Campaign grows to kick Darwin out of U.S. schools
A religious campaign to block the teaching of evolutionary biology is taking an inexorable grip on the United States.
A survey published in Scientific American reveals that the doctrine of creationism which holds that the origins of humanity and the Earth are recent and divine is spreading in the world's greatest technological nation at a disturbing rate. More and more states are restricting the teaching of evolution in schools.
The journal says a startling 45 percent of Americans now believe God created life some time in the past 10,000 years, despite research that has established the universe as 13 billion years old and that mankind is descended from apelike ancestors.
Even among U.S. Catholics, 40 percent still insist God created human life a few thousand years ago even though Pope John Paul II reaffirmed his Church's commitment to the theory of evolution in 1996.
"At the time, newspapers in Mississippi wrote that this proved the pope was senile and should be ignored," said Amanda Chesworth, head of the anticreationist Darwin Day group. "It is very, very scary. Creationism is spreading further and further. It now has missionaries across the world and even has bases in Russia and Turkey."
In the past, most attempts to block the teaching of evolution ended in failure, the most famous example being the Scopes trial in 1925. It involved the prosecution of John Scopes for teaching Darwin's theory in his class. He was fined $100, but this was overturned by Tennessee's Supreme Court on a technicality. Yet the state kept its anti-evolution laws on the statute book until 1967.
In 1999, the Kansas Board of Education voted to block mention of Darwin in its schools, but members were voted out and their anti-evolution policy was reversed.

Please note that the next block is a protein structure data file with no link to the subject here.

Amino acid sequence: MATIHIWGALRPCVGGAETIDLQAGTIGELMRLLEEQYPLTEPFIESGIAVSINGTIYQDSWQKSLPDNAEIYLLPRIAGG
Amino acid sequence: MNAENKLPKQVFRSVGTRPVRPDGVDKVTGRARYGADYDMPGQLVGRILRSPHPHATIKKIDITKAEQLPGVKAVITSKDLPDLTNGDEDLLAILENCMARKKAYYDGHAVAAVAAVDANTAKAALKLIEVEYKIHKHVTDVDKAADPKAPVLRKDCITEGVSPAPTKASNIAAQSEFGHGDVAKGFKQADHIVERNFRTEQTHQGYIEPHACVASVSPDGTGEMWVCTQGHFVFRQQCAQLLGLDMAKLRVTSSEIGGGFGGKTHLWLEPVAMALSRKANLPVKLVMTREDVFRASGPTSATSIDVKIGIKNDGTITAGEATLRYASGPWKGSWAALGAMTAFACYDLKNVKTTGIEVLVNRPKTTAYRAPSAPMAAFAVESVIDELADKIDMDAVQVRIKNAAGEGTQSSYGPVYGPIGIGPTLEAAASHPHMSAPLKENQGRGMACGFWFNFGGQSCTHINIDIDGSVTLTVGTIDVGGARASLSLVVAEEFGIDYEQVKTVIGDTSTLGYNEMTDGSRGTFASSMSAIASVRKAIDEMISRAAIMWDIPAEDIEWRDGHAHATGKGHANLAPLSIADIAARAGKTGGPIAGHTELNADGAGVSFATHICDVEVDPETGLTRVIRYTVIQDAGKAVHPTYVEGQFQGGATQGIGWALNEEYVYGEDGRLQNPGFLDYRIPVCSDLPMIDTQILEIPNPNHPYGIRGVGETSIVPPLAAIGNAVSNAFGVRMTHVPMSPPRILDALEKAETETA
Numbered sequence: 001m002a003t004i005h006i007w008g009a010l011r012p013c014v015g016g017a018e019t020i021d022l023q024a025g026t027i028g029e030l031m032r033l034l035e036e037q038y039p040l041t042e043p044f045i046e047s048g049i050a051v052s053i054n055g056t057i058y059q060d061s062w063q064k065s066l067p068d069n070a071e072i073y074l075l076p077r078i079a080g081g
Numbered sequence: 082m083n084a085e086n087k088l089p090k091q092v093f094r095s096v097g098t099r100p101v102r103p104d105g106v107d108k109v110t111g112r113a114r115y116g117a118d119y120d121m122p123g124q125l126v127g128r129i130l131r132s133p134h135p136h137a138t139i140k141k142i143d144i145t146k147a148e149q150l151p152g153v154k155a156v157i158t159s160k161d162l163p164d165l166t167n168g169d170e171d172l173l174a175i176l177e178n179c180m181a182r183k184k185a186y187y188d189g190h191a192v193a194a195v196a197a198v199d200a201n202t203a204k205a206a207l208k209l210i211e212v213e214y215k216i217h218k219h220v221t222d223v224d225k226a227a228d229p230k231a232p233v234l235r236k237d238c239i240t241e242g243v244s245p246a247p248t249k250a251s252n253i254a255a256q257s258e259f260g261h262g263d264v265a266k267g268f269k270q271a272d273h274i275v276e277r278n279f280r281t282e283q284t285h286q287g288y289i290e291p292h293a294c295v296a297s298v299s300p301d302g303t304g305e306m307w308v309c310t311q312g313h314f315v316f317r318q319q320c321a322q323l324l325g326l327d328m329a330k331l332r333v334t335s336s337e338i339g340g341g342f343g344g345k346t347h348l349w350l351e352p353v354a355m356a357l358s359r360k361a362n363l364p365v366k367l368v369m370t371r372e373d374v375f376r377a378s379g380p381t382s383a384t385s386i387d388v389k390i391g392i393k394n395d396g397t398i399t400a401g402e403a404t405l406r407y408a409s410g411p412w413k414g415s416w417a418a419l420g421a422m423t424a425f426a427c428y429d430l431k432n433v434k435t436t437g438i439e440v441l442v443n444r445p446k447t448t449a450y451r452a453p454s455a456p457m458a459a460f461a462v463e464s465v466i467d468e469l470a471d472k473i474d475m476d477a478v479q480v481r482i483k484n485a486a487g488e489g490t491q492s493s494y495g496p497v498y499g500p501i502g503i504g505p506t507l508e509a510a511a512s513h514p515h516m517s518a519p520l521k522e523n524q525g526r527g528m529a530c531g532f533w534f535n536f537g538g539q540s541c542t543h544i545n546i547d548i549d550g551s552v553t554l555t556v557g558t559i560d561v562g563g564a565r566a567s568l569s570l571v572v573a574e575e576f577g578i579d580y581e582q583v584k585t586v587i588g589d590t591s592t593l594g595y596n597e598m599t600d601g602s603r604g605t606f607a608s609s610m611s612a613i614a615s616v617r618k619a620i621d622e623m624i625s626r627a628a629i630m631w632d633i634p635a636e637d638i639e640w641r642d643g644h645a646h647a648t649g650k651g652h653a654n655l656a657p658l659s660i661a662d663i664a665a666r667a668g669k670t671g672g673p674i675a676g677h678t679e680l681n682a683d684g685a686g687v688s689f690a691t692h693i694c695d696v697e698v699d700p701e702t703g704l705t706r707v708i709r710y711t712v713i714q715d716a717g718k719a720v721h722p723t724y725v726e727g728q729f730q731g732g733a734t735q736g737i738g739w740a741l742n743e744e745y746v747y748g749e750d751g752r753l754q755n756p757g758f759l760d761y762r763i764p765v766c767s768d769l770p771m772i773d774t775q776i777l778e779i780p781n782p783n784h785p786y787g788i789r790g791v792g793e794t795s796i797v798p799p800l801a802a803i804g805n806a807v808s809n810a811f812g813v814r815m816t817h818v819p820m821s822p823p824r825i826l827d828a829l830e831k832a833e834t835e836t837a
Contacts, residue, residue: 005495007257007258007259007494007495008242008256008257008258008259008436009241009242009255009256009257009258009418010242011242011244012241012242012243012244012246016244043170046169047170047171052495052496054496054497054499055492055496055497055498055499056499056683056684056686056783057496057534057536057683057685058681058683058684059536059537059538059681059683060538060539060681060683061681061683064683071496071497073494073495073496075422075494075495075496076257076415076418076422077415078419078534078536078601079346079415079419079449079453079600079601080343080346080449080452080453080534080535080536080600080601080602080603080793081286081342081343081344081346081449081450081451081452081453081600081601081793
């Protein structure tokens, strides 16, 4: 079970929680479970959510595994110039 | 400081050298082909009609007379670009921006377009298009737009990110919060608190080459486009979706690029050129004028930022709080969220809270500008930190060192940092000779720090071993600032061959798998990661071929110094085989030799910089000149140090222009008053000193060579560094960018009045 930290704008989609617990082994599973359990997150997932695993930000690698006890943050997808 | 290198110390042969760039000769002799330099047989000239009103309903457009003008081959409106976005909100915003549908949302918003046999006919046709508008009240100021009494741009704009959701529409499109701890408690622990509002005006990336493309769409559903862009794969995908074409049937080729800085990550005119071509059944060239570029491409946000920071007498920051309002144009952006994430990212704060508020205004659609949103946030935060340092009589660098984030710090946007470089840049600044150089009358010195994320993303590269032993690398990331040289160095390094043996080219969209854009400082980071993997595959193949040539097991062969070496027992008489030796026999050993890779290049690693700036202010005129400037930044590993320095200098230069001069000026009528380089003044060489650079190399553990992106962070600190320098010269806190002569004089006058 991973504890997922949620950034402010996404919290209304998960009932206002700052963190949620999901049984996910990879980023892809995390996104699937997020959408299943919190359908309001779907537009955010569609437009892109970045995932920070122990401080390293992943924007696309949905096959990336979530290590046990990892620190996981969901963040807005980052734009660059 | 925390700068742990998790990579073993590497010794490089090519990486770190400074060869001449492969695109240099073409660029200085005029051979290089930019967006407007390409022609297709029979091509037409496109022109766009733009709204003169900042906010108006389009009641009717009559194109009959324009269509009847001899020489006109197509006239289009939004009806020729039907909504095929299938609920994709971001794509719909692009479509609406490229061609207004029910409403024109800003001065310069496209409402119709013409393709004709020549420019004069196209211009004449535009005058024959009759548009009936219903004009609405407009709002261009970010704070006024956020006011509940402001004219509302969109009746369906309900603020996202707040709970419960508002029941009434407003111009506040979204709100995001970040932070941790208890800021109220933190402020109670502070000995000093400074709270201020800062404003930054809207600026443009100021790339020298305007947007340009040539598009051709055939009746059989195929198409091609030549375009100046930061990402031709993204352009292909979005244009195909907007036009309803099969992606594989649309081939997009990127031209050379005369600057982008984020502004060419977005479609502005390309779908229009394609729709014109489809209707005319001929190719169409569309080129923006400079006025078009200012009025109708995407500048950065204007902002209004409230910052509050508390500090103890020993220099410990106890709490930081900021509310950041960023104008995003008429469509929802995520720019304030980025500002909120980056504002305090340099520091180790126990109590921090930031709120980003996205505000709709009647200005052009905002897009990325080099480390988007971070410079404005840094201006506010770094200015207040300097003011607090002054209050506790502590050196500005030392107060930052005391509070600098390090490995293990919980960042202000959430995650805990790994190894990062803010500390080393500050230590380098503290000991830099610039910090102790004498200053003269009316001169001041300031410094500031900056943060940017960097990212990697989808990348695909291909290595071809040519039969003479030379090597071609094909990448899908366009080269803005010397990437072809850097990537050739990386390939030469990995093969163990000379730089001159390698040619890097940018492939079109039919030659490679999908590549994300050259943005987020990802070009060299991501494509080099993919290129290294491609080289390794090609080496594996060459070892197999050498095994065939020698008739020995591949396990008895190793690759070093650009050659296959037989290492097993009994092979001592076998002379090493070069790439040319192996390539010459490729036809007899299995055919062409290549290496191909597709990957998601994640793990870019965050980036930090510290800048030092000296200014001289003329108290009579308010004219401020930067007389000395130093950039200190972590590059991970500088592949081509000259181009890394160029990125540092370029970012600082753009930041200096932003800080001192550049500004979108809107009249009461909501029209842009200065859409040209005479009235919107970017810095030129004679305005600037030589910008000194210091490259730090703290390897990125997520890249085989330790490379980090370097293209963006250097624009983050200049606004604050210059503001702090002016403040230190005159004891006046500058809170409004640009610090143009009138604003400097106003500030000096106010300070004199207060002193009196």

But creationists have been quietly notching up a series of victories elsewhere. The Scientific American survey by Lawrence Lerner, of California State University, shows that in northern states such as Illinois, Ohio and Wisconsin, creationism has taken a powerful grip on education at the local level, despite each state's strong liberal tradition. Ohio is considering banning evolution teaching, and even New York and Massachusetts are turning against evolution.
"Creationists use some very effective tactics," said Chesworth. "They target small towns and get supporters on important local organizations, in particular boards of education. Then they launch campaigns to demand equal time for their views beside those of evolution. Voters get confused. They don't understand that creationism is a doctrine and is very different from scientific theory. Equating one with the other is simply false. One is science, the other is religious belief."
Another recent technique has been to promote the argument of "intelligent design." Yes, the universe may be very old, say proponents, but everywhere you look you can see clear evidence of the handiwork of a creator. Even bananas are given as evidence of this: convenient for handling, with a tab for wrapper-removal, a pleasing taste and an obvious skin-blackening sell-by-date mechanism. By contrast, most scientists believe the cosmos is random and unpredictable.
Scientific American believes that the content of textbooks and lesson plans in schools is already being affected by creationism.
Cheswell agrees. "Our nation went from the Earth to the moon a few years ago and discovered these worlds date back billions of years. Now it is sticking its head in the sand, claiming the whole lot was made in a flash a few millennia ago by one entity. They even argue that dinosaurs and humans coexisted, like they do in `The Flintstones.' That's not healthy."